An Islamic State (IS) online “hit list” has targeted roughly 3,000 New York City-area residents. Local law enforcement says most are private citizens with no government ties.


The list contains upwards of 3,600 names and is intended as a scare campaign to sow terror over the Internet. Reports say it includes the names of some US State Department and Homeland Security employees. But the bulk contains personal information on private citizens from the metropolitan area. It was posted on a site accessible to only IS supporters by an IS-related group called Caliphate Cyber United.

Authorities say the list doesn’t single out any particular person or group for retribution. Reuters reported that it includes names, home addresses and email addresses. Some of the information appears to be outdated, according to a source, who was not authorized to discuss the investigation publicly.

The FBI and New York City Police Department reportedly plan to visit the homes of those named in the list. In a statement, the Federal Bureau of Investigation said, “While our standard practice is to decline comment on specific operational and investigative matters, the FBI routinely notifies individuals and organizations of information collected during the course of an investigation that may be perceived as potentially threatening in nature.”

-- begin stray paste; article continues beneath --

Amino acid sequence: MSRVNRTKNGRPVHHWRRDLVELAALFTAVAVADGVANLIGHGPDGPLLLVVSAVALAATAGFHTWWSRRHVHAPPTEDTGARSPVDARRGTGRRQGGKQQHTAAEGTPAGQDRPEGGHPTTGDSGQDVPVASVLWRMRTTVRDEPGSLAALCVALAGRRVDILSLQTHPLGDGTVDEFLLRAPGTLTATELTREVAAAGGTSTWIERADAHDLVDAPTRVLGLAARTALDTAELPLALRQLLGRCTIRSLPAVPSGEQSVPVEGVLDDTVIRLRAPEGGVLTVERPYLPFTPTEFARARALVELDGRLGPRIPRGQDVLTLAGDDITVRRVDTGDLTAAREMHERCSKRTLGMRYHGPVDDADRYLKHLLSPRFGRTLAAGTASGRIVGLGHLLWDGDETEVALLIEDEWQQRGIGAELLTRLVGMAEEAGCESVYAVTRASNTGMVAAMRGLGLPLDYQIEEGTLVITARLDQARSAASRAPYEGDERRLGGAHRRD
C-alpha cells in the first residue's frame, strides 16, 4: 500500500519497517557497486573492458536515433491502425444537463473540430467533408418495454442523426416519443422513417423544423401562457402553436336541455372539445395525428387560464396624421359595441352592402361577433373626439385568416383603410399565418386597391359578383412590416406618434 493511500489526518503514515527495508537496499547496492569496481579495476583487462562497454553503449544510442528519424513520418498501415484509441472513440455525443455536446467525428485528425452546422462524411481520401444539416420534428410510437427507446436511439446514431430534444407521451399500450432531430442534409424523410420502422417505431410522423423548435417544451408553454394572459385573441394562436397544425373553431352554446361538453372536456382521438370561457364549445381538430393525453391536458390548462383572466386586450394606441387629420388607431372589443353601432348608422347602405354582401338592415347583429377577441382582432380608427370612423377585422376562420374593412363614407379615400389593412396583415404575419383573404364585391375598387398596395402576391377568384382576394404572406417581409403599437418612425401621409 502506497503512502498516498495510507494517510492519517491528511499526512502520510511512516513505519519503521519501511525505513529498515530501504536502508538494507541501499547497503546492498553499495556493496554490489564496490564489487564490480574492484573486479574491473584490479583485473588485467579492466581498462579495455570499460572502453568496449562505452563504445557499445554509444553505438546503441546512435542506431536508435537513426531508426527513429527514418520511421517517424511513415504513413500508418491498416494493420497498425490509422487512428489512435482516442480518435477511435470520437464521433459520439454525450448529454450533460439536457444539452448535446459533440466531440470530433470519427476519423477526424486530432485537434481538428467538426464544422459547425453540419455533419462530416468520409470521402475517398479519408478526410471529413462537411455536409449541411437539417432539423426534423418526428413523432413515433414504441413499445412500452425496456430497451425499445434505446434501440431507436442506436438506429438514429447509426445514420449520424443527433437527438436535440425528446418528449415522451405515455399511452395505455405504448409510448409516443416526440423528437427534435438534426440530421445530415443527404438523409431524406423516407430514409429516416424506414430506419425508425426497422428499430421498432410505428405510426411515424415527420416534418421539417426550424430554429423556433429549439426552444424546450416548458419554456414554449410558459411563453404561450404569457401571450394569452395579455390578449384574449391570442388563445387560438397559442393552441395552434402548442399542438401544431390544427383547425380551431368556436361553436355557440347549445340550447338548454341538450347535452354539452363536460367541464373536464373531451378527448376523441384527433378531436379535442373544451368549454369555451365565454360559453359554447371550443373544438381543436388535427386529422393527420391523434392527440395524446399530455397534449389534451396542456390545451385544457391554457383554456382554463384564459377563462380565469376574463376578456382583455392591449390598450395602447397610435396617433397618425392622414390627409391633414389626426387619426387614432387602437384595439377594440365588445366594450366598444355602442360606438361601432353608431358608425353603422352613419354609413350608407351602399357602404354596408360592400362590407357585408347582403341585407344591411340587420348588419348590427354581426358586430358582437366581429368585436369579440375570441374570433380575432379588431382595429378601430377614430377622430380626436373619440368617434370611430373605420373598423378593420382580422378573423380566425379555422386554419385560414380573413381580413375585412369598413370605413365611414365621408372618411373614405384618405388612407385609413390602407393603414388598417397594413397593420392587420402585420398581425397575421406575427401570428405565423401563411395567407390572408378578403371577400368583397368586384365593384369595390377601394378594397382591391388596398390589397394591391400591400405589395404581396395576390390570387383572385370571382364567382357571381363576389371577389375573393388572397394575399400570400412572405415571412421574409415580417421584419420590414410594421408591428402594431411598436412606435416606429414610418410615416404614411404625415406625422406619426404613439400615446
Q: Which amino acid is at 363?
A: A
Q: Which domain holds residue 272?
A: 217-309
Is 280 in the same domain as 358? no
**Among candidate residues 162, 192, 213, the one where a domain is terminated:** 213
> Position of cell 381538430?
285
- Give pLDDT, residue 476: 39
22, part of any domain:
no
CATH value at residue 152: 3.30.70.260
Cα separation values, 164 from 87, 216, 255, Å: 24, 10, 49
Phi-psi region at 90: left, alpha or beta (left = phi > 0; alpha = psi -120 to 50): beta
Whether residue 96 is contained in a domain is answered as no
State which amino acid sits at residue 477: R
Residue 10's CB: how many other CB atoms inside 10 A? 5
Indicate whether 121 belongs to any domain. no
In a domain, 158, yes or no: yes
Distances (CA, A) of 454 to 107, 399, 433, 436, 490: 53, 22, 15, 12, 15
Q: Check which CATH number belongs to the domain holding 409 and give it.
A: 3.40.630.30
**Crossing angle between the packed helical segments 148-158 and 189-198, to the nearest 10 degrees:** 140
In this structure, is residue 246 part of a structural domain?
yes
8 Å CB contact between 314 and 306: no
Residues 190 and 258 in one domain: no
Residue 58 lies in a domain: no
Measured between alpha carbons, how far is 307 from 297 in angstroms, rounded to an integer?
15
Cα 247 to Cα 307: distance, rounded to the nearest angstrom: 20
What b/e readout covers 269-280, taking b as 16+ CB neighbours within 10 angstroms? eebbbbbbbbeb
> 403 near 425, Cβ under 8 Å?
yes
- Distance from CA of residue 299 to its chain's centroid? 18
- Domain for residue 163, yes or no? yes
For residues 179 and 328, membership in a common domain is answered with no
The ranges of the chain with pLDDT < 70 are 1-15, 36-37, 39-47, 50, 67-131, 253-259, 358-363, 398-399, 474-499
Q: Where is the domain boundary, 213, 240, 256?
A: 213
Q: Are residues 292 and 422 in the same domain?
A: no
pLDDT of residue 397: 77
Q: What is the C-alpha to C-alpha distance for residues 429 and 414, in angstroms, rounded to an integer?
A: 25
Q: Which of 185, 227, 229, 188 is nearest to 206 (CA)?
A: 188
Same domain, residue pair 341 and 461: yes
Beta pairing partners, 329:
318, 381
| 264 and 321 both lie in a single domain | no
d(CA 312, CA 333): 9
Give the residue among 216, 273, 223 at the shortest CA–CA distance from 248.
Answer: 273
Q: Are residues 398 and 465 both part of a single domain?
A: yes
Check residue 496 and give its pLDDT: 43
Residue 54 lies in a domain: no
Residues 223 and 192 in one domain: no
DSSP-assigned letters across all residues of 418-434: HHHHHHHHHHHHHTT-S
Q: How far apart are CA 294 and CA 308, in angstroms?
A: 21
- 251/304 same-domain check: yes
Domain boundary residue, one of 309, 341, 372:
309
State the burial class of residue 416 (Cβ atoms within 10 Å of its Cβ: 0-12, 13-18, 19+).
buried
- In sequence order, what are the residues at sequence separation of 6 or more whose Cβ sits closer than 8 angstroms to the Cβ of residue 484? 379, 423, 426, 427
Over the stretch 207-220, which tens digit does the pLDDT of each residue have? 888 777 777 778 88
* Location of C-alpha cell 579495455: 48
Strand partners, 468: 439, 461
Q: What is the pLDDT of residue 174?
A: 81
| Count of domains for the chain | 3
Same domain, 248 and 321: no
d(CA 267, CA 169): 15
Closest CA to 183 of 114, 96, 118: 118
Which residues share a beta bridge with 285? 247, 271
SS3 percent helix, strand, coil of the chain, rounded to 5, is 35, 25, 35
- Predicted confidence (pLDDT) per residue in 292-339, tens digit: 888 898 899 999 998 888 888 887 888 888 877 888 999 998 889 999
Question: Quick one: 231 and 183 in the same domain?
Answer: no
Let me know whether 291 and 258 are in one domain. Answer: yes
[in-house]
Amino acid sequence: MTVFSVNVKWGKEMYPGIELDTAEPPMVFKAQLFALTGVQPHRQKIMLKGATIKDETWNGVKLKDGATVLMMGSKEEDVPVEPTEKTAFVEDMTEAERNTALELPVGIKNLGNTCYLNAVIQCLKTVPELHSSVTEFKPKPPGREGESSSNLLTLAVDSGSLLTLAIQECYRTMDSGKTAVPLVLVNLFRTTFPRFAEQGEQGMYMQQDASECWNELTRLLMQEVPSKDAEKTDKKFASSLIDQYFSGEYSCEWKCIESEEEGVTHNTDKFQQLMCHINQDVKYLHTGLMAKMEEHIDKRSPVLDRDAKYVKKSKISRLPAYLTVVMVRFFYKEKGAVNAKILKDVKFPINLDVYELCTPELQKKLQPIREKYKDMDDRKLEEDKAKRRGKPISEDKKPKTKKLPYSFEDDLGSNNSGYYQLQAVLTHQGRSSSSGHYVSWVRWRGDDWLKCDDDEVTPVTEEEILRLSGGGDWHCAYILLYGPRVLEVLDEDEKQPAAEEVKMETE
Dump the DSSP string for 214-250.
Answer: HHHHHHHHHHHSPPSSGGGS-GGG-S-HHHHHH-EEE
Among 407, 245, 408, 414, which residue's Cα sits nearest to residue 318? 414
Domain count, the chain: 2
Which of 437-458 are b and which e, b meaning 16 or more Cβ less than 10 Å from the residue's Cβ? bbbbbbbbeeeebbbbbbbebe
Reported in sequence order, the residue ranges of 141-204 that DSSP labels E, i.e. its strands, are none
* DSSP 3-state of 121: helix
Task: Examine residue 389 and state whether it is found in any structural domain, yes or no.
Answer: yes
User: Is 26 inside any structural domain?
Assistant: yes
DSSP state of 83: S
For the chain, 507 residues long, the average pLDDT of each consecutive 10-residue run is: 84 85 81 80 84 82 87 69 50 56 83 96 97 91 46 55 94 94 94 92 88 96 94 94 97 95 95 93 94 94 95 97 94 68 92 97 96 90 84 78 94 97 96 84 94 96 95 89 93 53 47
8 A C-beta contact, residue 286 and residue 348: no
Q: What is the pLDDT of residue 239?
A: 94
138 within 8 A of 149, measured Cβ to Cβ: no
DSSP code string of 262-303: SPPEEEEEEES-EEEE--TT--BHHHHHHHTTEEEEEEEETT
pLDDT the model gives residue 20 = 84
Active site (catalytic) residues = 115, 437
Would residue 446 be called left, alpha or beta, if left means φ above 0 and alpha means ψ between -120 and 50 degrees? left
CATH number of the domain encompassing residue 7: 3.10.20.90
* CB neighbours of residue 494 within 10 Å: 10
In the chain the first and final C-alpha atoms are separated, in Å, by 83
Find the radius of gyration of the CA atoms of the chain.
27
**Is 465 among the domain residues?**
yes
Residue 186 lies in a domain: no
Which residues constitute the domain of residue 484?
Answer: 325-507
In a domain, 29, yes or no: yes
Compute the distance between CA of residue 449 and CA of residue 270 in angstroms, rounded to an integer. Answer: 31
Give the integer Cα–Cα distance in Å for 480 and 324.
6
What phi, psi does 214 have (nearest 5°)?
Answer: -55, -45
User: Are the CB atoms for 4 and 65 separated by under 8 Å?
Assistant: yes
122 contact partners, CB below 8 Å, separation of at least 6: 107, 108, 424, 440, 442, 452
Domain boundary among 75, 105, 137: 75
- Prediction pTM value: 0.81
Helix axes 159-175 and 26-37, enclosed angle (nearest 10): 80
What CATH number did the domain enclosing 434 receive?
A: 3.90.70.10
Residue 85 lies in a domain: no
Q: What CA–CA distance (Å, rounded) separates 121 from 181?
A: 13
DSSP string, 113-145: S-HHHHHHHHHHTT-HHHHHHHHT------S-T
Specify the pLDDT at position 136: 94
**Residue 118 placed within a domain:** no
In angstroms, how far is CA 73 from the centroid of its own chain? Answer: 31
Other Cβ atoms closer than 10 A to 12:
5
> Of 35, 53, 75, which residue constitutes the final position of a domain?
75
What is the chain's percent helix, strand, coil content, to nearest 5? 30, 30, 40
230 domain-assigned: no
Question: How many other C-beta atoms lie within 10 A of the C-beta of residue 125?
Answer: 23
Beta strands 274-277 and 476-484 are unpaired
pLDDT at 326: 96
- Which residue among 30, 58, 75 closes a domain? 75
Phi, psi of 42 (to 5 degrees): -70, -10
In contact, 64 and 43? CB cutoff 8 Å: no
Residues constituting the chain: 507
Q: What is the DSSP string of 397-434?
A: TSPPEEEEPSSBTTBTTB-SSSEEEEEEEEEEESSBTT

The Reuters source says law enforcement doesn’t believe the list poses any credible threat.

The list isn’t the first IS-related activity to surface in the Tri-State area. In March, a pro-ISIS Twitter account reportedly released the personal details of 55 officers after hacking into the New Jersey Transit Police website and encouraged supporters to carry out “lone wolf” attacks on them.

Last year, an IS-tied group also posted what it claimed were the names, addresses and photos of 100 US military service members and called upon followers to kill them.

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